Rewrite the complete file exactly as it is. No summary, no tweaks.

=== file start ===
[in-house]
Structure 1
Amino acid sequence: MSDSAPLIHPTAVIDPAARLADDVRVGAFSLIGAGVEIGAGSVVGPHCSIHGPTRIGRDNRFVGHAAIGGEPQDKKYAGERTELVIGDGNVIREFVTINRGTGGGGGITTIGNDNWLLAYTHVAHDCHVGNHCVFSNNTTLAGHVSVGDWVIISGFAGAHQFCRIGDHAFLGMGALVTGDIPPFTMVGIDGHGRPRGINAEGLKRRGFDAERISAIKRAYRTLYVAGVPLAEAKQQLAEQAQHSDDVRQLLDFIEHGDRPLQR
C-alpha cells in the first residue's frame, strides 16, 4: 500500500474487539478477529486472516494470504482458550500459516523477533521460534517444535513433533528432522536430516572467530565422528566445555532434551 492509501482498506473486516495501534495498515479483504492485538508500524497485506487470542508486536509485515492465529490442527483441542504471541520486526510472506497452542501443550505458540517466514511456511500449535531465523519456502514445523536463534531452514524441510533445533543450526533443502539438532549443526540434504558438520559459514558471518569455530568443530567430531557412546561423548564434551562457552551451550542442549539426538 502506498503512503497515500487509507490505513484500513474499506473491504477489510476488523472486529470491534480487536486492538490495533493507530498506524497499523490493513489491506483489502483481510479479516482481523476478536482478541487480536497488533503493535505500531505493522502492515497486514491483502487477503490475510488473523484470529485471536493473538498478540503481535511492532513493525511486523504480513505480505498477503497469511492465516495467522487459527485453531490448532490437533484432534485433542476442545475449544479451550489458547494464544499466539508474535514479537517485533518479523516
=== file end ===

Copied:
[in-house]
Structure 1
Amino acid sequence: MSDSAPLIHPTAVIDPAARLADDVRVGAFSLIGAGVEIGAGSVVGPHCSIHGPTRIGRDNRFVGHAAIGGEPQDKKYAGERTELVIGDGNVIREFVTINRGTGGGGGITTIGNDNWLLAYTHVAHDCHVGNHCVFSNNTTLAGHVSVGDWVIISGFAGAHQFCRIGDHAFLGMGALVTGDIPPFTMVGIDGHGRPRGINAEGLKRRGFDAERISAIKRAYRTLYVAGVPLAEAKQQLAEQAQHSDDVRQLLDFIEHGDRPLQR
C-alpha cells in the first residue's frame, strides 16, 4: 500500500474487539478477529486472516494470504482458550500459516523477533521460534517444535513433533528432522536430516572467530565422528566445555532434551 492509501482498506473486516495501534495498515479483504492485538508500524497485506487470542508486536509485515492465529490442527483441542504471541520486526510472506497452542501443550505458540517466514511456511500449535531465523519456502514445523536463534531452514524441510533445533543450526533443502539438532549443526540434504558438520559459514558471518569455530568443530567430531557412546561423548564434551562457552551451550542442549539426538 502506498503512503497515500487509507490505513484500513474499506473491504477489510476488523472486529470491534480487536486492538490495533493507530498506524497499523490493513489491506483489502483481510479479516482481523476478536482478541487480536497488533503493535505500531505493522502492515497486514491483502487477503490475510488473523484470529485471536493473538498478540503481535511492532513493525511486523504480513505480505498477503497469511492465516495467522487459527485453531490448532490437533484432534485433542476442545475449544479451550489458547494464544499466539508474535514479537517485533518479523516